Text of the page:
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Despite limitations, Iranian Kurds support Iraqi Kurds

Iranian Kurds have been moved by images of Iraqi Kurds fleeing the Islamic State and have attempted to contribute and help.
A member of the Kurdish Peshmerga force fires a dushka at Sulaiman Pek front line in the northwest of Tikrit city August 31, 2014.  REUTERS/Youssef Boudlal (IRAQ - Tags: CIVIL UNREST POLITICS MILITARY TPX IMAGES OF THE DAY) - RTR44FEB

The Islamic State (IS) campaigns in the Kurdish areas of Iraq and Syria have also agitated the Kurds of Iran. Many of those living close to the borders are worried about their family members on the other side, and a general sense of solidarity has formed among the Kurds.

In Iraq, members of the Kurdish parties opposing the Iranian government have expressed readiness to fight alongside the peshmerga forces against IS. More than 150 peshmerga fighters of the Komala Party of Iranian Kurdistan and Democratic Party of Iranian Kurdistan have been stationed in Kirkuk to face IS. Fighters from the Democratic Party have also been spotted in Makhmur.

Forces of the Kurdistan Workers Party (PKK) and the Democratic Union, who are mostly in control of the Kurdish areas of Syria, have also engaged IS in the Shangal Mountains and the city of Kobani. Forces based in the Kandil Mountains, a center of the Party of Free Life of Kurdistan (PJAK), have also moved to the front line to protect Kurdish citizens against IS attacks.

The Iranian government is opposed to the idea of Kurdish opposition parties joining the Kurdistan government. Engagement between these forces and IS will strengthen the opposition's position and increase their attraction for the Kurdish youth of Iran.

Iranian Kurdish citizens are joining these parties. A source close to the PKK told Al-Monitor, “This year, we have had a fourfold increase in the number of requests to join PJAK.”

As the IS forces close on the Kurdish areas populated by the Yarsan, the local populace has taken up arms in their own defense. An activist living in Kermanshah told Al-Monitor that the Yarsan living in Kermanshah province have independently moved to Iraq to defend the cities and villages inhabited by Yarsans. Physicians from Kermanshah have also moved to Shangal to treat the wounded.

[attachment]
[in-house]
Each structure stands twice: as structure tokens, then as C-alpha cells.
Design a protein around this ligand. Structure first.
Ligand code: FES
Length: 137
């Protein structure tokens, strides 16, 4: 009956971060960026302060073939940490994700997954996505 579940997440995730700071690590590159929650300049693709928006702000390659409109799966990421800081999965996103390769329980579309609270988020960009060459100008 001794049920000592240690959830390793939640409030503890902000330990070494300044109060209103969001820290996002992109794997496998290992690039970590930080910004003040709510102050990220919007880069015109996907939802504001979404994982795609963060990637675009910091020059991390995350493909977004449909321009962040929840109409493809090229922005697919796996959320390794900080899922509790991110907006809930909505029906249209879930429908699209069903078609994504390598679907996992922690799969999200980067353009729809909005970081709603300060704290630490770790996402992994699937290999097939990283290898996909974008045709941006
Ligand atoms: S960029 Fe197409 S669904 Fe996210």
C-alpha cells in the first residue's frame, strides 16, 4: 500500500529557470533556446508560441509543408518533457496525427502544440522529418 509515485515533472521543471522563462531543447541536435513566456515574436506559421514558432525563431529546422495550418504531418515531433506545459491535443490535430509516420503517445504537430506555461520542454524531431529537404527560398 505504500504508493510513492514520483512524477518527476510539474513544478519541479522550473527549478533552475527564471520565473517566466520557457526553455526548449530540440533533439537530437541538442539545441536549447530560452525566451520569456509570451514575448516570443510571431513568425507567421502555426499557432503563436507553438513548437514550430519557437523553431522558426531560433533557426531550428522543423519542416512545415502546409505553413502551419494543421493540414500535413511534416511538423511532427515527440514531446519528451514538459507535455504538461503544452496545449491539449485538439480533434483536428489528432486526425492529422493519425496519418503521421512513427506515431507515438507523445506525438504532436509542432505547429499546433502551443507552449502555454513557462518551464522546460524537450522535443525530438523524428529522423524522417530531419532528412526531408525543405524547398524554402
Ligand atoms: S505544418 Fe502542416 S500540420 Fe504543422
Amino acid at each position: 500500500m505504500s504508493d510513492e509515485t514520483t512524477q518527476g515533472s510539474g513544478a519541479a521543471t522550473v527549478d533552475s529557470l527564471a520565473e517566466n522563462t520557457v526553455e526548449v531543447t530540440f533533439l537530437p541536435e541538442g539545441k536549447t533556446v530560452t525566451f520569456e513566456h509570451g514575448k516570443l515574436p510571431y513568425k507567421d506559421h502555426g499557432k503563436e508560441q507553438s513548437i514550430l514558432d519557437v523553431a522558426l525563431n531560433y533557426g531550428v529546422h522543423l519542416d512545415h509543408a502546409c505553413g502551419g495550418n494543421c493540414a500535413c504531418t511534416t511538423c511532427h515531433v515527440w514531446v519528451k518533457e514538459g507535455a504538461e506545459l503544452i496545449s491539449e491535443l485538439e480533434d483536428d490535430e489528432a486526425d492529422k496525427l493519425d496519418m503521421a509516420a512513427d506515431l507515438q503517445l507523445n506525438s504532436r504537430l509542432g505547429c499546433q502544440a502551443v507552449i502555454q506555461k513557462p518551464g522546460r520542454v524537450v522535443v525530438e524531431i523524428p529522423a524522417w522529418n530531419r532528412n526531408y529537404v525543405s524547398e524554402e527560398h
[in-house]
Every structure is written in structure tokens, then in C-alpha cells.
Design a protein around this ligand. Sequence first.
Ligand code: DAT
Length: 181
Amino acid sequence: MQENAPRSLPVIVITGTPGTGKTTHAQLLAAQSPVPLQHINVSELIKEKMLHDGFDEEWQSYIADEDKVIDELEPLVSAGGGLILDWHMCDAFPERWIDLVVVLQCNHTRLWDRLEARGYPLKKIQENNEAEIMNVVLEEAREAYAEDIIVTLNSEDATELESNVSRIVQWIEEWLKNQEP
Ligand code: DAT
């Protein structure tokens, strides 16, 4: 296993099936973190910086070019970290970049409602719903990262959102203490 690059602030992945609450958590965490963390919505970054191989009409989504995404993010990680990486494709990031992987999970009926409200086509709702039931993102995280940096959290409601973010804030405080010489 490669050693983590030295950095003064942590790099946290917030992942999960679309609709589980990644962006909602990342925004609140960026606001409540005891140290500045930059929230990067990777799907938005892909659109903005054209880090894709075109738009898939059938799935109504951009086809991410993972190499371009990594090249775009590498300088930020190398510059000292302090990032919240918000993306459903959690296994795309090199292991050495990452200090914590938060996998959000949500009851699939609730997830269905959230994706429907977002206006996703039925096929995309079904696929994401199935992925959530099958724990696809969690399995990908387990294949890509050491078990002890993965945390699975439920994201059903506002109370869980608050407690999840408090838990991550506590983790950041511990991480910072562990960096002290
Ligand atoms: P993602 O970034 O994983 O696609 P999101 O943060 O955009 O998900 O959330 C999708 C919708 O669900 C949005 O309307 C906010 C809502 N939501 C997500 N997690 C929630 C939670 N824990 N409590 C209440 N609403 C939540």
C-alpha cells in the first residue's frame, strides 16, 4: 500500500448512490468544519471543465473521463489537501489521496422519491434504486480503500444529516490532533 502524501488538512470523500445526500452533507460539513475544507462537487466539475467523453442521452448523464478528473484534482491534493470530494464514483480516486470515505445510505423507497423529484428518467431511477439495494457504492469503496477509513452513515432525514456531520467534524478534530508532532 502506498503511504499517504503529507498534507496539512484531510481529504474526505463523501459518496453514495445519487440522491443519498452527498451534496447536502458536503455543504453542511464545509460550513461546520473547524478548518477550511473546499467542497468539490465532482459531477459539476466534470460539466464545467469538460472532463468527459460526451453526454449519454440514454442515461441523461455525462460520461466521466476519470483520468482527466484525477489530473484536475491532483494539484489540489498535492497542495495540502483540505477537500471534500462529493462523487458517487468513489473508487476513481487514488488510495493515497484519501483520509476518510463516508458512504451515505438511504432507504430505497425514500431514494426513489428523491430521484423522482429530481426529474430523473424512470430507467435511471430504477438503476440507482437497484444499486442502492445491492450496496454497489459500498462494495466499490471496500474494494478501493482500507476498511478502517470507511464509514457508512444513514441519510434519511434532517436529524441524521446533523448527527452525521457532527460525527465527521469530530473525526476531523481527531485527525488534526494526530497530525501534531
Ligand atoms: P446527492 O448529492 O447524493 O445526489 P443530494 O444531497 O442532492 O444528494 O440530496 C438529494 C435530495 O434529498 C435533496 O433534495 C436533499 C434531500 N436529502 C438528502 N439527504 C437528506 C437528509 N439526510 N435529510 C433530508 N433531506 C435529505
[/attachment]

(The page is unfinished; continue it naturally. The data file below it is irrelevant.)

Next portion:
As reported by Amnesty International, hundreds of Yazidis living in Sanjar have become refugees after the IS takeover, and there is no news of the fate of many of them. Tens of thousands more are spread around the Shangal region without access to food or water.

News and pictures of the Kurdish refugees shared over social media have saddened many Iranian Kurds. A resident of the Kurdish city of Sanandaj told Al-Monitor that the pictures are reminiscent of the chemical attack on Halabja and the mass murder of the Kurds in the Anfal operation.

Civil activists, journalists and artists from Kurdish cities have launched campaigns to raise money to help the refugees. Civil activism in Kurdistan is quite difficult and the central government does not permit large gatherings. In the past, Kurdish journalists have been sentenced to jail for civil activities. Mohammad Sadeeq Kabudvand, an activist for Kurdish rights, is currently serving an 11-year prison sentence. This year, two brothers, activists Masoud and Khosro Kurdpour, were sentenced to a total of six years in prison.

Recently, some of the journalists, artists and activists living in Sanandaj tried to collect funds through the “Kurdish Philanthropic Center,” but officials did not grant the nongovernmental organization the necessary permit. Instead, they allowed the Red Crescent to collect the donations.

Fardin Kamangar, a journalist living in Sanandaj, told Al-Monitor that local officials, including the governor of Sanandaj, welcomed the move, but the permit was revoked after only four days.

Mokhtar Zare’i, an activist on the campaign, said, “Members of the city council indeed gave a lot of support. People also participated massively and we have a large amount of donated goods. The provincial broadcasting system also provided extensive coverage.”

Kamangar said, “We are planning a cultural event to encourage participation, including a book exhibit and a concert,” adding, “We Kurdish people have always been peace-loving and have never violated other territories, and we oppose violence and oppression. The emergence of IS is a disaster for the Kurdish people. We oppose violence and terrorism.”

Unfortunately, Islamic fundamentalism has been on the rise in the Kurdish areas in the past few years, and extremists have assassinated Sanandaj's Friday Prayer Imam Burhan Ali and Hojjat ol-Eslam Shaukh ol-Eslam. The presence of IS supporters in some cities has also caused general concern.

Ammar Gali, a journalist from Sanandaj who now lives in exile in Germany, told Al-Monitor that the youth living in the slums and poorer areas tend to gravitate toward IS and other extremist groups.

Jalal Jalalizadeh, a former Iranian paliamentarian, told Al-Monitor, “Recent developments have been worrying for the Kurds. These events have initiated a sense of unity and community among the Kurds. All Iranian Kurds, whether religious, secular or nationalist, are in unity about the need to protect the Kurdish citizens.”

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